Selling your house can be an exciting yet daunting task. Setting the right asking price is crucial—it can attract potential buyers and let you sell quickly. Set it too low and you miss out on potential income, set it too high and it will leave your property lingering on the market.
Valuations are the main way to identify the realistic price to use when marketing your property. However, it’s not quite that simple as we will explain here.
What Are Valuations?
Sales valuations on a home, also known as property valuations, are assessments conducted by sales valuers to determine the estimated market value of a property. The process involves a detailed analysis of various factors that influence a property’s worth. These include property size, property condition, property location and property demand in your area.
There are two different valuations carried out before you sell your house. The first is the estate agent valuation and the second is the home report valuation. These are slightly different and serve distinct purposes.
Estate Agent Valuations
An estate agent is your first port of call when you are considering selling. Because they are expert in the local area and understand the local property market, they are able to give you advice on the most appropriate selling price based on what they believe buyers will be prepared to offer. They use three main factors to arrive at a recommended price.
1. The selling price of similar properties
By looking at other properties of the same size, style, and age with a similar level of features in the same location they can get a reasonable handle on how much your house will sell for.
2. The local market
Your estate agent team should be experts in the local property market and aware of trends, such as specific types of property that are in particularly high demand and therefore can fetch a premium, or types of property that are readily available, meaning that the competition for buyers will drive the price down. They will also have their ear to the ground in terms of changes in the local area that might attract or deter buyers and affect the price your house can fetch.
3. Specific Issues relating to your property
Once the general market conditions have been taken into account, the estate agent will consider your home in relation to others that are similar. If yours is beautifully fitted out, or has specific features that are in demand, they will take that into account in the valuation. On the other hand, if they house is shabby, or in need of repair or renovation, they will reduce the expected value accordingly.
Deciding On The Right Price
Whilst shopping around for different valuations, you’ll probably find that some agents provide a higher initial valuation as a strategic move to attract sellers. This approach aims to secure the listing but may involve negotiations to lower the price later. Determining the right asking price for your property involves careful consideration of the valuations provided by different agents: Consider the expertise and track record of each agent, read reviews and talk to local people who have sold recently. A seasoned professional with local market knowledge and a successful sales history may provide a more accurate valuation.
We’ve explained the difference between the roles of Estate Agents and Surveyors in other blog posts. They will both provide you with valuations, but the surveyor report is part of your Home Report and is used by your buyer’s mortgage provider to calculate how much they are willing to lend you.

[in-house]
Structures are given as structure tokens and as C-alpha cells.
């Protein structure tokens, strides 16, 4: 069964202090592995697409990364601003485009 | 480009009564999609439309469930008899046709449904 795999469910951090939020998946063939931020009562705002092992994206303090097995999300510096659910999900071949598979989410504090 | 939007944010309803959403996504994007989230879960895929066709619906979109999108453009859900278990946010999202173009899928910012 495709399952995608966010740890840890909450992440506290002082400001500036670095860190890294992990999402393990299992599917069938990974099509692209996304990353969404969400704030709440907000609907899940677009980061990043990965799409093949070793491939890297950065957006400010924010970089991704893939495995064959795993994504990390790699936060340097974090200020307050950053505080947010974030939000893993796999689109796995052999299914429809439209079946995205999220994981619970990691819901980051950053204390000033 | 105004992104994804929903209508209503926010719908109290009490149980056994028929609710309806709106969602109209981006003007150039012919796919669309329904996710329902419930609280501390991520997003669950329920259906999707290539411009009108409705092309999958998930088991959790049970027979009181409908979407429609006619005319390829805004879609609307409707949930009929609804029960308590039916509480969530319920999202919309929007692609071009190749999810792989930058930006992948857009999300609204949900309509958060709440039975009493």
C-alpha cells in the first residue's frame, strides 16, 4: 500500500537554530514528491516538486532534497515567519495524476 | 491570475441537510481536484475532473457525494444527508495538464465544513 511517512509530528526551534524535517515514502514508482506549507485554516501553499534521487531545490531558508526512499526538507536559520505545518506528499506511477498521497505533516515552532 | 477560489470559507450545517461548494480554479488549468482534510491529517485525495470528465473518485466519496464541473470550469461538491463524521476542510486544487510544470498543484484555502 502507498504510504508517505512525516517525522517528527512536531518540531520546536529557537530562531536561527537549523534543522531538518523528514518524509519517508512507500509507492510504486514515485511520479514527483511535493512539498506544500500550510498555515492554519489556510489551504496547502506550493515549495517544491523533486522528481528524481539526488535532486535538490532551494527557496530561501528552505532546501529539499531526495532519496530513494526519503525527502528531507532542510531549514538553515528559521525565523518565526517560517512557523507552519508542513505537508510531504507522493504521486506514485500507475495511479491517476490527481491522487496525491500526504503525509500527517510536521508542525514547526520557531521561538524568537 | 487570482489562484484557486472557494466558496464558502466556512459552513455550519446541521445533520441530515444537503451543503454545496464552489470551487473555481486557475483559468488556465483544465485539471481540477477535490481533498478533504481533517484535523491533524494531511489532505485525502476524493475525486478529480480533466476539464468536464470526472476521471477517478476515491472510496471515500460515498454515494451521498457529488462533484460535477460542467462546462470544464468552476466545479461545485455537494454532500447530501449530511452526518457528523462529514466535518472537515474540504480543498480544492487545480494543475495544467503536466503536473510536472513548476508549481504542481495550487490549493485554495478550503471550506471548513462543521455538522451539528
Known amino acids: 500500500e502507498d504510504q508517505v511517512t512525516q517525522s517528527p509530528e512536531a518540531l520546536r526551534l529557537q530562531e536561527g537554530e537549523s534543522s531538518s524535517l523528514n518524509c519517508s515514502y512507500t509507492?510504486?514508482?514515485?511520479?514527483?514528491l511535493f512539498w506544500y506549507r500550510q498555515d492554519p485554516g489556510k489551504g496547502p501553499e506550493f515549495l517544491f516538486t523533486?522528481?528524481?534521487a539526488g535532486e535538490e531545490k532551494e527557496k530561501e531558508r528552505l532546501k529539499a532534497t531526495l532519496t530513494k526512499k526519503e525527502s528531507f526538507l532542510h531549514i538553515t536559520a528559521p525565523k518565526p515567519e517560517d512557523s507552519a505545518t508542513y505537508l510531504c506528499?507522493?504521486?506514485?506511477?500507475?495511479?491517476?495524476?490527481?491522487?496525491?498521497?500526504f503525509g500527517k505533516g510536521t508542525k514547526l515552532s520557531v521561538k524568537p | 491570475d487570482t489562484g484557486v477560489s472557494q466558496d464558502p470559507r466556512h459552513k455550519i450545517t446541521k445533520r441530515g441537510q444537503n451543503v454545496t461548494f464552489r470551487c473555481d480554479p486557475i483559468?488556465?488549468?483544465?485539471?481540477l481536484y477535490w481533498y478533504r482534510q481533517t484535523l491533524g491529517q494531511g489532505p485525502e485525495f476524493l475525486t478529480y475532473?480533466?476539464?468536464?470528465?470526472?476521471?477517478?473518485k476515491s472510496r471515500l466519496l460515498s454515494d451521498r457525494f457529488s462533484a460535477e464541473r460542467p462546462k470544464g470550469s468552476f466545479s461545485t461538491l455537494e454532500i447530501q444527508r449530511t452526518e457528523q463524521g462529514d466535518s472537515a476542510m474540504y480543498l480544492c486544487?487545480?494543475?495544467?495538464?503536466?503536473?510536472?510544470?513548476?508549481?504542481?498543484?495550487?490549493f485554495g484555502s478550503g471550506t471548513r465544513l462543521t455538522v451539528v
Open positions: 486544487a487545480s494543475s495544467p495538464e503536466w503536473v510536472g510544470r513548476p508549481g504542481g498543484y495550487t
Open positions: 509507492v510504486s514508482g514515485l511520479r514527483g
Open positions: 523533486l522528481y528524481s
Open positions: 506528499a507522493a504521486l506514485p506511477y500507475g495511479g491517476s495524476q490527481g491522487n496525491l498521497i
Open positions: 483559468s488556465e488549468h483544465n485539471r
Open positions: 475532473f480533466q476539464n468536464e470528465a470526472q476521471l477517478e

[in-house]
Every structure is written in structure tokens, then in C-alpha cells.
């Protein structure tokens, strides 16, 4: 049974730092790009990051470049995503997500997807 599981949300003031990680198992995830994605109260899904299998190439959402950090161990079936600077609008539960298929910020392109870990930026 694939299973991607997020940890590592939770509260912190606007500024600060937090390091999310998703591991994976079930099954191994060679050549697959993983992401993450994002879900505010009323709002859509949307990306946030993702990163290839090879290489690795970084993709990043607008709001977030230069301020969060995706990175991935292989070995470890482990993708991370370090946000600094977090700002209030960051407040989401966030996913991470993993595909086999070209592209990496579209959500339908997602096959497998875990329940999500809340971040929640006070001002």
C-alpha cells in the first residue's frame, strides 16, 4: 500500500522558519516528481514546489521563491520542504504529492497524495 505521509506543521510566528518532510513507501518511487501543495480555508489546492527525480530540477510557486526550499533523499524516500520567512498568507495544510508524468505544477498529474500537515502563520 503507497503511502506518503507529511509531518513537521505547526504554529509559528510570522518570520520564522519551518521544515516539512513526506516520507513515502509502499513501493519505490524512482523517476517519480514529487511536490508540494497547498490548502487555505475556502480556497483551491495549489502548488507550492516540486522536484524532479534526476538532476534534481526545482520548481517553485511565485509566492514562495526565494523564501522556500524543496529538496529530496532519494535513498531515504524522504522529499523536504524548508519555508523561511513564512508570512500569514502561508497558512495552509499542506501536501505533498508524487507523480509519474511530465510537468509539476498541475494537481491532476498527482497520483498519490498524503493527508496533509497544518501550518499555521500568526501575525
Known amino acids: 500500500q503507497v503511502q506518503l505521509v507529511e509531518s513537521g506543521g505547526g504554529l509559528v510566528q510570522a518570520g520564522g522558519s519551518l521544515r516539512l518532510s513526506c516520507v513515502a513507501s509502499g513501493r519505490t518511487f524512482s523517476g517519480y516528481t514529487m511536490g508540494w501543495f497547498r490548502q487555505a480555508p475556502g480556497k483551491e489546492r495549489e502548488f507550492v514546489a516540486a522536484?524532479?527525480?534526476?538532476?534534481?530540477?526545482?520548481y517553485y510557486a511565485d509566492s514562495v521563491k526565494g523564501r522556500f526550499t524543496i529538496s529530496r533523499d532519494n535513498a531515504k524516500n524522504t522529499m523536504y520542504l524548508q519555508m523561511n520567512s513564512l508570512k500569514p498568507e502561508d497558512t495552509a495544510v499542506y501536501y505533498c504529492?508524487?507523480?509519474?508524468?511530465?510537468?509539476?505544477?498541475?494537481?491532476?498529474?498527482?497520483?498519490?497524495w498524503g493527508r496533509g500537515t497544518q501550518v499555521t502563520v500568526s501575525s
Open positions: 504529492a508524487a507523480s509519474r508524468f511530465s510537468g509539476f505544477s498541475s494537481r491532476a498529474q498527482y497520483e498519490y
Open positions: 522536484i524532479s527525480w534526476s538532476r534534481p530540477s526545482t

A Chartered Surveyor is an independent professional who does not gain from the sale of your property and so the valuation is totally based on the physical condition of the property itself and their knowledge of the current market.
A mortgage valuation is provided by the surveyor, and is a basic survey to inform the mortgage lender what they should lend to the buyer.
The surveyor will also conduct a more in-depth survey as part of the home report, which is required by law in Scotland, which will flag up any issues such as defects or potential problems requiring repair. These issues should be taken into account when deciding the price as they will give buyers a bargaining tool to use when negotiating with the seller.
In some cases the buyer will also ask the surveyor to conduct a full structural survey, particularly when it comes to older properties, so that they can be aware of any building work that may be required in the near future.
There is a third type of valuation – the instant online valuation, such as the one we offer here. These are a rough estimate of your property’s value based on similar properties in your postcode. They can’t take into account the specific features of your house, so use them as a guide at the start of the process but be sure to speak to the experts to get a more accurate assessment.
When deciding how much to sell your house for, you need to be aware that buyers will only be able to obtain a mortgage based on the surveyor’s valuation and not the estate agent’s valuation. In Scotland, where buyers tend to offer over the asking price, you need to take this into account if the two valuations are not in line. Setting a price that is much higher than the mortgage valuation may make the property difficult to sell.
O’Malley Property are experienced professionals with insights into local market trends. Consulting with O’Malley Property can provide you with valuable guidance on setting the right price for your home. We have access to extensive market data and can help you navigate the complexities of the selling process.